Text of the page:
# Direction when the magnitude of the instantaneous velocity is 0

 P: 4 Hi guys, sorry to ask such a basic question, but I'm studying for the MCAT and need to get my fundamentals down! Anyway, my question is this: Consider an object which has been thrown straight up into the air. It will rise, then at the very top of its ascent, it changes direction and comes back down. Now, I'm pretty sure that at the moment when the object reaches its maximum height, the velocity becomes zero, although there must still be an acceleration (due to gravity), or else the object wouldn't fall back down again. So, on a velocity-time graph, we would see a point where the velocity drops to zero, corresponding to the moment the object reaches its maximum height, right? Let's call this point q. But I am confused, because, since velocity is a vector, it has a direction. In this case, the direction would be up as we approach q from the left, and down as we approach q from the right. So what would the direction of the velocity vector be, when we are actually at that point? I am tempted to say that, since the magnitude of the velocity vector is 0m/s, the object isn't actually moving in *any* direction. But if that is the case, then *when* does the direction of the object officially change from up to down? Again, sorry to ask such a newbie question. If someone could elaborate on the behavior of the object at this point I would seriously appreciate it!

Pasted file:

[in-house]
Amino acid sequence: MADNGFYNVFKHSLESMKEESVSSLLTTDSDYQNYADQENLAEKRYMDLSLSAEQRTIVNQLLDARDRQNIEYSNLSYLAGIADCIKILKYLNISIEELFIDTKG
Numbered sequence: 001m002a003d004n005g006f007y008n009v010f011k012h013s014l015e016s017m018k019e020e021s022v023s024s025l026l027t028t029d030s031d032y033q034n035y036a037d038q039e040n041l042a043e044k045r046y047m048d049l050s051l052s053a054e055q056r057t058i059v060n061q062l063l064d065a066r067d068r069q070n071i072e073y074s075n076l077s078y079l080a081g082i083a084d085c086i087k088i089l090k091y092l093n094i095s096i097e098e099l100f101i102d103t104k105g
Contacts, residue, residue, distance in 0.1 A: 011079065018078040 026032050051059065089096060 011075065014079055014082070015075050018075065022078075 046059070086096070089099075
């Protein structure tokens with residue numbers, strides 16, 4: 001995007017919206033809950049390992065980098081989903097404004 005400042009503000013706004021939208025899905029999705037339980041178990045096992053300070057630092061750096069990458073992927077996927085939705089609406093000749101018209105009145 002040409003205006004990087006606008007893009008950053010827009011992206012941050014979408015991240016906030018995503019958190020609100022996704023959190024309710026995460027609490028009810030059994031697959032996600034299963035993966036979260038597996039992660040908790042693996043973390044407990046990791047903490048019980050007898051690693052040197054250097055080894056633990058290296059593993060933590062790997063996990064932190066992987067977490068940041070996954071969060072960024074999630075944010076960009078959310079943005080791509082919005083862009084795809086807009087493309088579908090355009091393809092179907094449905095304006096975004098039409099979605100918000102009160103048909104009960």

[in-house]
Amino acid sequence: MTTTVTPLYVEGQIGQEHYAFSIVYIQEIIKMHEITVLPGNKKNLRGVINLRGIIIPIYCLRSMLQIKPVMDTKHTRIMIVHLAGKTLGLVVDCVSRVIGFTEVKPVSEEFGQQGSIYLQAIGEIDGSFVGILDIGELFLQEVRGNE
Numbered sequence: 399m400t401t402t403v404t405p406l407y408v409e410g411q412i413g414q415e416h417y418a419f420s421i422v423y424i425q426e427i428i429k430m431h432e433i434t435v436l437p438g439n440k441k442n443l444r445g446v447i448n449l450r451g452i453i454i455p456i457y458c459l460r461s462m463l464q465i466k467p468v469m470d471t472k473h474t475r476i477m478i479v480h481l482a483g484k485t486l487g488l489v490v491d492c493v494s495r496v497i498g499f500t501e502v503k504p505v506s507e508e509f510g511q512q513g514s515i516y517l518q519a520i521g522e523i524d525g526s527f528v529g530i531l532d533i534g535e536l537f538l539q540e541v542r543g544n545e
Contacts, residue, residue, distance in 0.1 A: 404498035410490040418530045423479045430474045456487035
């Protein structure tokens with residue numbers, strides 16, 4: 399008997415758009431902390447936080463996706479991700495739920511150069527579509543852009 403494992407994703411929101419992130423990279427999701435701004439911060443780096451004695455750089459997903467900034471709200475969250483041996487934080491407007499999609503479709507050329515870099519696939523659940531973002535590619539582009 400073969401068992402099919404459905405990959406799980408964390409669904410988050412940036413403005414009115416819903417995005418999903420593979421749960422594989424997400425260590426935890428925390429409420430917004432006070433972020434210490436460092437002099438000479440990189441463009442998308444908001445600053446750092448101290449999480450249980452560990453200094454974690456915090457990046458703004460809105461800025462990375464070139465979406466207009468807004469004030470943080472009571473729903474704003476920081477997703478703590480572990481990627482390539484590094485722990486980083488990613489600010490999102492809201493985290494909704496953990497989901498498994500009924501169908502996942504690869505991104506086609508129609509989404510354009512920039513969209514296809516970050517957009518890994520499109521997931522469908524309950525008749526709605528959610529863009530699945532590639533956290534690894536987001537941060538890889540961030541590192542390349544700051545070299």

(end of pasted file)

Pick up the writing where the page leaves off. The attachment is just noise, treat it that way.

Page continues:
P: 351
 Quote by Ikari Hi guys, sorry to ask such a basic question, but I'm studying for the MCAT and need to get my fundamentals down! Anyway, my question is this: Consider an object which has been thrown straight up into the air. It will rise, then at the very top of its ascent, it changes direction and comes back down. Now, I'm pretty sure that at the moment when the object reaches its maximum height, the velocity becomes zero, although there must still be an acceleration (due to gravity), or else the object wouldn't fall back down again. So, on a velocity-time graph, we would see a point where the velocity drops to zero, corresponding to the moment the object reaches its maximum height, right? Let's call this point q. But I am confused, because, since velocity is a vector, it has a direction. In this case, the direction would be up as we approach q from the left, and down as we approach q from the right. So what would the direction of the velocity vector be, when we are actually at that point? I am tempted to say that, since the magnitude of the velocity vector is 0m/s, the object isn't actually moving in *any* direction. But if that is the case, then *when* does the direction of the object officially change from up to down? Again, sorry to ask such a newbie question. If someone could elaborate on the behavior of the object at this point I would seriously appreciate it!